I was talking about the writing symposium (See Advice to a New Writer, Part 1) with some of my co-workers at lunch today and one of them asked me, "If you'd been on one of the panels, what advice would you have given to new writers?"

Here's what I told him:

Do not get caught up in the trap of rewriting a story over and over again until it's perfect. Finish a story and get it in front of a reader.  Rewriting one thing over and over MAY teach you how to tell that single story (though it's just as likely you'll ruin it), but your goal should be to improve your overall skill set. 

Your first reader should be someone who likes to read the kinds of things you're writing.  If they don't like the kinds of stories you're trying to tell, their advice will be ineffective at best and maybe even damaging.

Make sure your first reader knows you DO NOT want a critique.  Remember, YOU are the storyteller.  When someone tells you how to fix a story it becomes THEIR story, not yours.  Instead, you want them to approach the story as if they'd come across it in a magazine--right before a story by one of their favorite authors.  They're going to give your story a shot and, if it doesn't hold their attention, they should stop reading--but have them mark where they stopped.  That little bit of information is incredibly valuable.  Especially if you have multiple readers telling you they stopped reading at about the same spot.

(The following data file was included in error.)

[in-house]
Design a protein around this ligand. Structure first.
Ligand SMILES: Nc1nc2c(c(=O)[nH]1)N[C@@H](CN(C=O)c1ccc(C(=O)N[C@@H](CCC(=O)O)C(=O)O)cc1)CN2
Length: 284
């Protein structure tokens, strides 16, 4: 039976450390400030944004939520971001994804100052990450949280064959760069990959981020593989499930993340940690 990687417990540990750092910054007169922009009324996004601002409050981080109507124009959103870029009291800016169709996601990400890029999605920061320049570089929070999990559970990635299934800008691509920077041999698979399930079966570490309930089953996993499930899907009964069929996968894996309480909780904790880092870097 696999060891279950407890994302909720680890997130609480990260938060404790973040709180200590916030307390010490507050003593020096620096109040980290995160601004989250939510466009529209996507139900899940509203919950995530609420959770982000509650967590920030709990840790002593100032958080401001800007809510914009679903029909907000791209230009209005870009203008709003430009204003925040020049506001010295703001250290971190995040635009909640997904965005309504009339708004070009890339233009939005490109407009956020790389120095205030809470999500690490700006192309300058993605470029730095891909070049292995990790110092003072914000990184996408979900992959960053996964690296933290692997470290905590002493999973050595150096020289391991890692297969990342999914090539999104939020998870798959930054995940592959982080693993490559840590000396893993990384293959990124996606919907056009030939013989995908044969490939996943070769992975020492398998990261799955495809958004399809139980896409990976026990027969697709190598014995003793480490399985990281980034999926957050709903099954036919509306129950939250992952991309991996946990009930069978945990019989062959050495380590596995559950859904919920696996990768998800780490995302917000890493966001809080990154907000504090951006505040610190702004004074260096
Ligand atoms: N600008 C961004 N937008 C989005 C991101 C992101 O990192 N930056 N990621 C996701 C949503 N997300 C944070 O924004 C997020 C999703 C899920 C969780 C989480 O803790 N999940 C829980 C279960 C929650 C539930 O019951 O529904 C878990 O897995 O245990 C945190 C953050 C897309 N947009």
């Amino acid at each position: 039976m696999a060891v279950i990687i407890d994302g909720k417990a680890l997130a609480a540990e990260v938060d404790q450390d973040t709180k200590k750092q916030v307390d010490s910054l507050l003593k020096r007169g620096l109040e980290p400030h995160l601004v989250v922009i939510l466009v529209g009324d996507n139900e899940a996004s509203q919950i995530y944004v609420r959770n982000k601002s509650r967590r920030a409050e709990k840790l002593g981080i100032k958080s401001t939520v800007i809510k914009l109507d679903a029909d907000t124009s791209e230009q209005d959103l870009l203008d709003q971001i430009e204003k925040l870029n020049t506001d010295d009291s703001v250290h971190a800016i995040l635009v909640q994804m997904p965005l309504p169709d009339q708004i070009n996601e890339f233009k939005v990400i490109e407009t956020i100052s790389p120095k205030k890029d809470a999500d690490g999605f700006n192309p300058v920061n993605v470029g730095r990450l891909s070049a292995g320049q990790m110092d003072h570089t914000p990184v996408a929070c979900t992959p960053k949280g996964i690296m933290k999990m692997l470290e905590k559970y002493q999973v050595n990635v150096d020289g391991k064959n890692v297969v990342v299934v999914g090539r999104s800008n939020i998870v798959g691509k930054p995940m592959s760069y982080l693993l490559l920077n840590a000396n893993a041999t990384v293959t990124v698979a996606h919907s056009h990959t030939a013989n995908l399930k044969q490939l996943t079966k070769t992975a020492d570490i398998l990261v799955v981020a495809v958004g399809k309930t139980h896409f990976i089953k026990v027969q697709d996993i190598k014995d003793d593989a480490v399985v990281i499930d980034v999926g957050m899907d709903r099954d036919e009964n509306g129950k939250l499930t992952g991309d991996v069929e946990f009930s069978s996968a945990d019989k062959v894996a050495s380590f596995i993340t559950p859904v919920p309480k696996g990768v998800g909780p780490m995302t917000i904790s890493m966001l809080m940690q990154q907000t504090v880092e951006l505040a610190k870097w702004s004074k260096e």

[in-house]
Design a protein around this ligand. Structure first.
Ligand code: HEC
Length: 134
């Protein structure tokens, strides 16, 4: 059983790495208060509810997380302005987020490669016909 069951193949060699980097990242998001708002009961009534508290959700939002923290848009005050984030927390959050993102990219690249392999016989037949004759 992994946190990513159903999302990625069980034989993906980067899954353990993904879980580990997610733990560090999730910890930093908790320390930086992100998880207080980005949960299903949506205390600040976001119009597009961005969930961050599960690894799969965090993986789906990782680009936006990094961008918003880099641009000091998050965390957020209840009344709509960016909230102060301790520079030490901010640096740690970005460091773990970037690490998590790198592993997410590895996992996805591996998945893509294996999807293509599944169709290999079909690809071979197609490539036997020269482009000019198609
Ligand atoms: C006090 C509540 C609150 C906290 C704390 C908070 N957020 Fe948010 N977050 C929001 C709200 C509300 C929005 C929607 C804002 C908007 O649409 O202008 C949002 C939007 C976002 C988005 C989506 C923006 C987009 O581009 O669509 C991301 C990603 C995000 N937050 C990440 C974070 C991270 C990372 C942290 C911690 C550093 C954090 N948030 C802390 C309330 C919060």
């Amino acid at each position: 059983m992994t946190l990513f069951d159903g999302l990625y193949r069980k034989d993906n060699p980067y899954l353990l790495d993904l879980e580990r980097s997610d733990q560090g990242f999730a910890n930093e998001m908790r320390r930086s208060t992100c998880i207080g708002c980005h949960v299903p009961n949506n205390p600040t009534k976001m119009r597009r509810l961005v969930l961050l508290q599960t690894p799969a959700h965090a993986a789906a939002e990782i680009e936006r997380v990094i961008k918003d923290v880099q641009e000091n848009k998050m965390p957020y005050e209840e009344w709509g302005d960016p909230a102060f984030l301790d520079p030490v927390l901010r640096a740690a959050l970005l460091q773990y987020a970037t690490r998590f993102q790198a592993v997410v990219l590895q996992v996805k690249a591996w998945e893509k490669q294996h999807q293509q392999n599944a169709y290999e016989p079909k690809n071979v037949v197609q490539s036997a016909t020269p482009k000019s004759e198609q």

If your reader finishes your story, find out what you do well.  Ask them what they enjoyed.  You're not fishing for compliments here, you're looking for areas of competence. If you know what you're good at, you can focus your attention on other things that you'd like to work on for the next story.  Get an over-all impression so that you can practice on the right things that will make you a better writer and storyteller.

If-And-Only-If you agree with the feedback from your reader(s) do you go back and "fix" that story. Otherwise, go on to the next story and start the process over with something different.

In summary, to become a writer; 1) Write something.  2) Finish it.  3) Get it in front of your audience.  4) Learn from their reactions.  5) Start over.